So there you have it... art mimics life (or death, in this case). Reading further down the page I see that Evans was an achondroplastic dwarf standing a mere 3 feet 2 inches tall, who enjoyed listening to Billie Holiday and the Who, and could impersonate Gloria Swanson [?!].


Eli Bowen was my ggaunt's brother. If you have any info on him and his family, it would be very much appreciated. Thanks.

Joyce Bennett USA - Wed, 2 Jun 2004


I am interested in e-mailing with people who are related to or know more about Dolletta Dodd Boykin and her husband Major James Boykin. Both were little people and worked in sideshow.

Karen Morlan California USA - Wednesday, 2 June 2004


I [am] researching my family, and according to family history my gg grandfather left his family probably about 1855-1860 and joined Sam Dock's Preforming Dog Circus. He never returned. His name was Lewis F. Robinson, from [Pennsylvania].

I saw your e-mail address on Rootsweb's newsletter and thought you could help me or tell me where I might look to get more information on him.

Linda Reed USA - Wednesday, 2 June 2004

JM: Hmmm... that's a puzzler. I haven't heard of Sam Dock's troupe, but I will post your query on a forum to which I belong and see if anybody can tell me anything more or provide a lead.

The trouble with outfits like this is that they rarely left any official traces, and many people working in such outfits were happy to, shall we say "stay beneath the notice of the law". Chances are your gg grandfather assumed another name when working for Dock, which may further frustrate your attempts to find him.


I visited your website. I was wondering do you have any pictures for the Chicago Worlds Fair in 1893 for circus or entertainers?

Ritchie Hansen USA - Wednesday, 2 June 2004

JM: I don't have anything in particular relating to 1893's World Columbian Exhibition in my collection at the moment. It's possible some of the performers for whom I have carte de visites did play the fair, but I have yet to determine that.

If you haven't already seen it, here is an interesting virtual tour of the exhibition.


God, this is sick!

Fiona "Yoda" Murchie Perthshire, Scotland - Monday, 17 May 2004


Wonderful site, with rare and beautiful pictures. Thank you :)

Niki Keller USA - Monday, 17 May 2004


Dear Jim,
I enjoyed reading your pages on Princess Wee Wee. I have some more info for you. This info was found in my research on Lillian Goodner, Queen of the Sepias (Alabama Heritage spring issue).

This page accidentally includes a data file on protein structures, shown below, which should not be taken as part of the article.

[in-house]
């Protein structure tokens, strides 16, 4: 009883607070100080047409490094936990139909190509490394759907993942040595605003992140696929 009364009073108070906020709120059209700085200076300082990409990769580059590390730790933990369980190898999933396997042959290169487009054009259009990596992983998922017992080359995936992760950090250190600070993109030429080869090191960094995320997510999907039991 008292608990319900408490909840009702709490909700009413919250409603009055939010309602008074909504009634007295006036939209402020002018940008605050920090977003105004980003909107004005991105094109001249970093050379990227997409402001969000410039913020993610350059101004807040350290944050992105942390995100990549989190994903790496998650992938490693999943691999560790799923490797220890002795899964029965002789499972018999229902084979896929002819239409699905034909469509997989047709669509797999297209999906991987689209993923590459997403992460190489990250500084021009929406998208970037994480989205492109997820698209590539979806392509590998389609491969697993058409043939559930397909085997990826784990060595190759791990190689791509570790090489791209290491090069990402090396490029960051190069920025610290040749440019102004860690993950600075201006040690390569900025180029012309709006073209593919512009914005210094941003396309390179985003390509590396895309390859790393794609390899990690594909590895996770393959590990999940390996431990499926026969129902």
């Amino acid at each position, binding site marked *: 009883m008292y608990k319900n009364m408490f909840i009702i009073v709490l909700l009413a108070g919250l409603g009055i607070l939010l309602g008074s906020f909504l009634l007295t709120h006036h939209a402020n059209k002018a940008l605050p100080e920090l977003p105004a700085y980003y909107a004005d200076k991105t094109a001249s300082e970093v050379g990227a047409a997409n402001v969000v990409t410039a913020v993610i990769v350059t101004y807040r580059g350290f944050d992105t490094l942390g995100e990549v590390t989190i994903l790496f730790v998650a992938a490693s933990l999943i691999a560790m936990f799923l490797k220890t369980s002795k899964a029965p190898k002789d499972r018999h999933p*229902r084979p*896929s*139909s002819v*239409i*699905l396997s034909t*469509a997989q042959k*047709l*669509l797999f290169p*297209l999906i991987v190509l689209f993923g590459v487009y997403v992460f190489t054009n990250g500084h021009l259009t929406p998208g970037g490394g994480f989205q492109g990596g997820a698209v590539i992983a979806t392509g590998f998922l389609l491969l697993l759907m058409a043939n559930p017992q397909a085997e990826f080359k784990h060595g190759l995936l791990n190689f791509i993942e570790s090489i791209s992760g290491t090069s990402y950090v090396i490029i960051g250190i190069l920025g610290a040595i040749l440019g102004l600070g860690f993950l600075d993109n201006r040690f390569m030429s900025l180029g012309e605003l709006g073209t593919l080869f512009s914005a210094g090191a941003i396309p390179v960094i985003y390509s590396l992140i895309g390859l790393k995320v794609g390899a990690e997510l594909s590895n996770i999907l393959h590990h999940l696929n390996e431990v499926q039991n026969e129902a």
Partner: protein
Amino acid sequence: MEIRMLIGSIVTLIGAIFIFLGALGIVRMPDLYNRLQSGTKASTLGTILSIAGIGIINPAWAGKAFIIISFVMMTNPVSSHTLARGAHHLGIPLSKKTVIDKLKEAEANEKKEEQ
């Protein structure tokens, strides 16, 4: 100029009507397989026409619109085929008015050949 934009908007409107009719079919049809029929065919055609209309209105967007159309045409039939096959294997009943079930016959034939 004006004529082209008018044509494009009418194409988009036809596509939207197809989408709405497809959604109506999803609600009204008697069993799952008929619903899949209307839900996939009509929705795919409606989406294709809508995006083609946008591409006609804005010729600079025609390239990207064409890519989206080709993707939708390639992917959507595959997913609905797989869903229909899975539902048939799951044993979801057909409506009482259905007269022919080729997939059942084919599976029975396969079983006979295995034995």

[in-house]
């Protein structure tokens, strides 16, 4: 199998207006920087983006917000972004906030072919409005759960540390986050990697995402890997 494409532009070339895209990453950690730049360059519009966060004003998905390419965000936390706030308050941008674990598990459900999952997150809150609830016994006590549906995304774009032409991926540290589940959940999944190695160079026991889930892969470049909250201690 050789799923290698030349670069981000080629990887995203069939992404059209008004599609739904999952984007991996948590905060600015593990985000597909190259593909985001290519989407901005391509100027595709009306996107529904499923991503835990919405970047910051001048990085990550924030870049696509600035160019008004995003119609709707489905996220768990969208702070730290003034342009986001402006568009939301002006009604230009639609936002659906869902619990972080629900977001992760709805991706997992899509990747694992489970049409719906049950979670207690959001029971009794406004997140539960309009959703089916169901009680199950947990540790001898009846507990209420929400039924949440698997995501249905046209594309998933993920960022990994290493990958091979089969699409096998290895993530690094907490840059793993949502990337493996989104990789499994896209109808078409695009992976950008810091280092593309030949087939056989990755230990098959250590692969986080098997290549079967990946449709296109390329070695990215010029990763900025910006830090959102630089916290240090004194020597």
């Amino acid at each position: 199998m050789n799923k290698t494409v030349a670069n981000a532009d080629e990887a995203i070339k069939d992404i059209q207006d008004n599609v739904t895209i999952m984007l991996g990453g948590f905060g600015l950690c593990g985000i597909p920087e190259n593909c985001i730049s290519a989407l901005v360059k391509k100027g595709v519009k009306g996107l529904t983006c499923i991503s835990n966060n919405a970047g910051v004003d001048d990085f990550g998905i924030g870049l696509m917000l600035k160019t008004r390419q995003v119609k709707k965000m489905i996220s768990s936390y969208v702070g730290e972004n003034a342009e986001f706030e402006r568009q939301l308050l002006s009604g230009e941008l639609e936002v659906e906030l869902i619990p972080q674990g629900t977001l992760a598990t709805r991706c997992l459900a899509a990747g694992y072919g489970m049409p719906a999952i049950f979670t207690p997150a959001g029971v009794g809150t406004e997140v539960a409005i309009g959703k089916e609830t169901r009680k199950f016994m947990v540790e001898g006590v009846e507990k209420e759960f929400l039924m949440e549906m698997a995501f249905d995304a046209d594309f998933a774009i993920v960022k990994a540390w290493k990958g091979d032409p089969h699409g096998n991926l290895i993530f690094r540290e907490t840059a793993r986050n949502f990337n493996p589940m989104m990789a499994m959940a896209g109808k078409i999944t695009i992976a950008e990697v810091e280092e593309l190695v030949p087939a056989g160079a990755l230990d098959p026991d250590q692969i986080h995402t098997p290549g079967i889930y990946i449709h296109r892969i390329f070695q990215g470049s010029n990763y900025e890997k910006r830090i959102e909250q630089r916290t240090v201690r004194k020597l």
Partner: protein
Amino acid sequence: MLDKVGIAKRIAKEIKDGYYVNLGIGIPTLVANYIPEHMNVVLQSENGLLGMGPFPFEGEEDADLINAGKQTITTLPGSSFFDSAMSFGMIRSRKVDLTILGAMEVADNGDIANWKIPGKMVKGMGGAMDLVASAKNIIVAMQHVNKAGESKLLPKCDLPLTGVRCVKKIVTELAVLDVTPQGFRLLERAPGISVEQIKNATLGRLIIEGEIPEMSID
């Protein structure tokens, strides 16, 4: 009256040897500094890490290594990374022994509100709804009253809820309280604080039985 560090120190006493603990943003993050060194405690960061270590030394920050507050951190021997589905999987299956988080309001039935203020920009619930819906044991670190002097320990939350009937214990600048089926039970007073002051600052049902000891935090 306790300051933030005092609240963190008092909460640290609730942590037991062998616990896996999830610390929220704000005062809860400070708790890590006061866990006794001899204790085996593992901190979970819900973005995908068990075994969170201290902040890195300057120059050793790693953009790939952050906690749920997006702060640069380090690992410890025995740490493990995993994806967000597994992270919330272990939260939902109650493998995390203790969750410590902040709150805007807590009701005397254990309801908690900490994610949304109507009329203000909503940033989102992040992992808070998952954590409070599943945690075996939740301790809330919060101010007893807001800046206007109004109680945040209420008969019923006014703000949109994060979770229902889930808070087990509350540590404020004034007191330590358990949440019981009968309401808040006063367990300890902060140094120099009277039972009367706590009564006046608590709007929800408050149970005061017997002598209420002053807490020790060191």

After her travels with the circus, Princess Wee Wee toured with The Whitman Sisters vaudeville show starting about 1925. She was a featured dancer and was often partnered with a 6-foot tall male dancer. Princess Wee Wee was from Baltimore. Reportedly (although I have not documented this) Princess Wee Wee danced for President Coolidge at The White House.

Marc L. Bankert Montgomery AL, USA - Saturday, 15 May 2004


Jim, I was just stumbling around the net looking for photographic evidence to back up the charge that a coworker is sporting a rather unconvincing 'bearded lady' beard, and came across your site. The pictures and idea behind it are awesome! I am sure we have discussed it at some point but the whole sideshow freak thing is one of my favorite topics, specifically Jo Jo the Dog Faced Boy, who happens to be missing from your work, but no biggie. The only book in your reading list I have read is Leslie Fielder's, but I am going to dig into some of your recommendations... If you and the lovely misses ever happen to be around West Philly, stop in and 'aks' for me. Hope all is well otherwise, tell Kate I was asking for her.

Michael O'Halloran Philadelphia PA, USA - Friday, 14 May 2004


Dear Sir: I have a picture like the one you have of Princess Tiny, only a different pose. Do you have any more information on her? This was in my parents things when they passed away, so do not know where it orginated. Any help would be appreciated.

Ellen Casebolt USA - Tuesday, 4 May 2004

JM: I'm sorry to say that I know nothing more about Princess Tiny at this time. There simply isn't much information available about performers such as herself, and what rather complicates matters is that her stage name was rather common among little people. Furthermore, little people were so common in the circus sideshow world that very few of them ever attracted much attention - some notable exceptions being Tom Thumb, The Doll Family, Lucia Zarate, etc.